Ireland has suffered a significant economic downturn, but remains committed to its ambitious energy targets to bring the country towards a low-carbon economy. Ireland’s location at the edge of the Atlantic Ocean ensures one of the best wind and ocean resources in Europe, and Ireland has set the ambitious target of producing 40% of its electricity from renewable sources by 2020.
Ireland is highly dependent on imported oil and gas. While the push to develop renewable energies is commendable, this will result in an increased reliance on natural gas, as gas-fired power plants will be required to provide flexibility in electricity supply when wind power is unavailable. With two-thirds of Ireland’s electricity already coming from gas-fired generation, this poses concerns with regard to gas security, particularly as 93% of its gas supplies come from a single transit point in Scotland. In order to meet Ireland’s ambitious renewable targets and improve the island’s level of energy security, the country must successfully develop a range of gas and electricity infrastructure projects and market solutions while continuing to integrate its energy markets with regional neighbours.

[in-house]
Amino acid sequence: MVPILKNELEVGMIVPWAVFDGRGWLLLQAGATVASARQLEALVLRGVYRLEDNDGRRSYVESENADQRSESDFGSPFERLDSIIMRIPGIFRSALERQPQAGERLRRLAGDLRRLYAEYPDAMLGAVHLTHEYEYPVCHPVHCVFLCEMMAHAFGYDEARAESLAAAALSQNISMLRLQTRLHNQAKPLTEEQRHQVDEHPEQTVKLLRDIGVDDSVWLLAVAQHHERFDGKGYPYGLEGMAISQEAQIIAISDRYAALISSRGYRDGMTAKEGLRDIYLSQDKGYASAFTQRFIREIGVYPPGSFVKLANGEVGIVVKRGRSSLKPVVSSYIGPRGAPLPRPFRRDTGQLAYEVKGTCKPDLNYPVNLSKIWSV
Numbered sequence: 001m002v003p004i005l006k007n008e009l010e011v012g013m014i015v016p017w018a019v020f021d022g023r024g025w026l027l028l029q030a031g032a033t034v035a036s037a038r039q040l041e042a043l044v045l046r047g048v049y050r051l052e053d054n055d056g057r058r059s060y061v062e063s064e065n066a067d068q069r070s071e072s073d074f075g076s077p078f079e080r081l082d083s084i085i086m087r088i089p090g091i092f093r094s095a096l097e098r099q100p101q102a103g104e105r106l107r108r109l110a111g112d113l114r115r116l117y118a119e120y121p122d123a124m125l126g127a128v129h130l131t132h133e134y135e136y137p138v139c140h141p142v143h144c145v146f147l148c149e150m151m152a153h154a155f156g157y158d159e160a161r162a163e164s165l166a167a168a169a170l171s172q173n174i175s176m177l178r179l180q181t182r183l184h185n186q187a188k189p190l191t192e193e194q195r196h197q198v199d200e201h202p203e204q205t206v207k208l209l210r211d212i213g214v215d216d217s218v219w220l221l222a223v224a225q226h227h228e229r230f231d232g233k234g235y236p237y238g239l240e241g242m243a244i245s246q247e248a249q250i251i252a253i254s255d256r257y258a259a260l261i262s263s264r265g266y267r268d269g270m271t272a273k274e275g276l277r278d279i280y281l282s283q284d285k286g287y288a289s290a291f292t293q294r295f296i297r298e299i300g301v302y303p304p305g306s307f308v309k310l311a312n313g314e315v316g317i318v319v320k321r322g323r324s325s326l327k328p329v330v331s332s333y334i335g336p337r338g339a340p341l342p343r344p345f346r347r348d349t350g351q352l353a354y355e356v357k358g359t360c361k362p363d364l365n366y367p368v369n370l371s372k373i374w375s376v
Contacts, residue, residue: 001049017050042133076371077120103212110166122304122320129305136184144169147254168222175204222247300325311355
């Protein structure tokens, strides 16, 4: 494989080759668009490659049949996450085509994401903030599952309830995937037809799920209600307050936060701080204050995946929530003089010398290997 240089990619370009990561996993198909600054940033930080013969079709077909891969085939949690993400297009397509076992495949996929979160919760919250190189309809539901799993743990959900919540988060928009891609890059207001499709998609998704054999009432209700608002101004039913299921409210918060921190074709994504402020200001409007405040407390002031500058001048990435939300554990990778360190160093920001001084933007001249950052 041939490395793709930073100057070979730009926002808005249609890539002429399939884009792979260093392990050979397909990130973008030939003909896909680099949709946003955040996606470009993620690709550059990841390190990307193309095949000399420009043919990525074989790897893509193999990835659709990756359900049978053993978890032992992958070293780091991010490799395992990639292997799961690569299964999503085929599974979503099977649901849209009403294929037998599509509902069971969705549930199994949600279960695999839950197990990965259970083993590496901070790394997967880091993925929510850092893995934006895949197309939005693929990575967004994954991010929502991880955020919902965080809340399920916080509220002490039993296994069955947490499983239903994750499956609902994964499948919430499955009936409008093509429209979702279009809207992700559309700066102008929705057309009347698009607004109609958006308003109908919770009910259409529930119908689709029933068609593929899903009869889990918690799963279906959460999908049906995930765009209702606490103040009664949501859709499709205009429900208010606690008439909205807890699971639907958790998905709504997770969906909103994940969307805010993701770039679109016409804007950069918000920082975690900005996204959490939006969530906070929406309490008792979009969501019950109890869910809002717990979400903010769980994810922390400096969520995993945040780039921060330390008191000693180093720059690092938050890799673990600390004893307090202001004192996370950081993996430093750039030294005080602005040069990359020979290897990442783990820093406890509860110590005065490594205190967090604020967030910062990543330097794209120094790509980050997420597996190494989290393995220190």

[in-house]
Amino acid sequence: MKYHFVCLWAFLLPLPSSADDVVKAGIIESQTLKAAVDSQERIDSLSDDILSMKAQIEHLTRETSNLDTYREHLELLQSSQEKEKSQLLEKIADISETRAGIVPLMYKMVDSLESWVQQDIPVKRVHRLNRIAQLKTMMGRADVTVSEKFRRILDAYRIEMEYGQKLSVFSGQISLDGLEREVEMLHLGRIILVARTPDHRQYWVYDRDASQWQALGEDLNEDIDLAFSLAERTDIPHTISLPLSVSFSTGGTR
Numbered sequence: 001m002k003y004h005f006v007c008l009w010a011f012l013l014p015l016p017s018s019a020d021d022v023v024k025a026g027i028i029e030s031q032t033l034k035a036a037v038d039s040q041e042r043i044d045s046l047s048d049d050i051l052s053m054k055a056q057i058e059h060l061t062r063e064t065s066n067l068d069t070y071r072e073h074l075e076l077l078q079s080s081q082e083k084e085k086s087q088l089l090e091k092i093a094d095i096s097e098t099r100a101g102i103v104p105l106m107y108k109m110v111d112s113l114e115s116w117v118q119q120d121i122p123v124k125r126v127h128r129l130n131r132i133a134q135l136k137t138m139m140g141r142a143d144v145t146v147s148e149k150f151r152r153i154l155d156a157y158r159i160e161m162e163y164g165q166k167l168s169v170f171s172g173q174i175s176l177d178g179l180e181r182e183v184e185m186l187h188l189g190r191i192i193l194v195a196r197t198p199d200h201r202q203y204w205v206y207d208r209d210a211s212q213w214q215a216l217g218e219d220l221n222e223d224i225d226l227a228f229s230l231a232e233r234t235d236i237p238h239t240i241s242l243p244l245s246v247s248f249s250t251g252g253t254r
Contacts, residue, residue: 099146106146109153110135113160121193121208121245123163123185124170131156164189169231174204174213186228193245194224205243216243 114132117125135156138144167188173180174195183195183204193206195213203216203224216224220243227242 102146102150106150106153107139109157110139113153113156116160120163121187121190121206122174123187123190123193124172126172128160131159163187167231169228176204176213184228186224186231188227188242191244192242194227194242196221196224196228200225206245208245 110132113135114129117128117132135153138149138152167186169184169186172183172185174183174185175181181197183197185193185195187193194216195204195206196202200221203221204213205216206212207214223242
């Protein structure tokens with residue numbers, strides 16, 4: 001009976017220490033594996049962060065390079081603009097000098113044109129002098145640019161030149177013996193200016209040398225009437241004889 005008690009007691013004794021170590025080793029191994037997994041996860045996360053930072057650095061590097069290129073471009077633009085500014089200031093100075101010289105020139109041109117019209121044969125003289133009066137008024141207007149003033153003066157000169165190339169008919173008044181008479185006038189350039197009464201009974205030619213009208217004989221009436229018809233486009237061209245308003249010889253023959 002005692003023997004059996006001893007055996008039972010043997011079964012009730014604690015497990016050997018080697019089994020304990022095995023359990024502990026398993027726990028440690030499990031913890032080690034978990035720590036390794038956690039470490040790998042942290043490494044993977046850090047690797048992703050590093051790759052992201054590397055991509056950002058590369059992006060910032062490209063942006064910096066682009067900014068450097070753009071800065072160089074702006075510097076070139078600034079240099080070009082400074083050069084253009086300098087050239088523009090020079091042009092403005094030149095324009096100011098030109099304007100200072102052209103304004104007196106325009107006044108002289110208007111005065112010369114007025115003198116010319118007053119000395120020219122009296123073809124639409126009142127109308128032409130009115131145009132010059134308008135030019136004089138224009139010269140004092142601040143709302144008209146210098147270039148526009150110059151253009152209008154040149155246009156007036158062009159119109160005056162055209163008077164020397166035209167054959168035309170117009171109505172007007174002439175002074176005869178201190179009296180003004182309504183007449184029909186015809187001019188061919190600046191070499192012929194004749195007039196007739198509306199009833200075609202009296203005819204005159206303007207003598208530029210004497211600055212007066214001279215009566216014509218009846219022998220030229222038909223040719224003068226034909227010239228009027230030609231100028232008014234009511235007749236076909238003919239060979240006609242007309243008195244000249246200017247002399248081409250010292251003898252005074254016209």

Ireland also has a pro-active energy efficiency policy, including a detailed National Energy Efficiency Action Plan outlining 90 measures and actions to be implemented in order to achieve the target of 20% energy savings in 2020.
The 2012 review analyses the energy-policy challenges currently facing Ireland, and provides sectoral studies and recommendations for the further policy improvements. It is intended to help guide the country towards a more secure and sustainable energy future.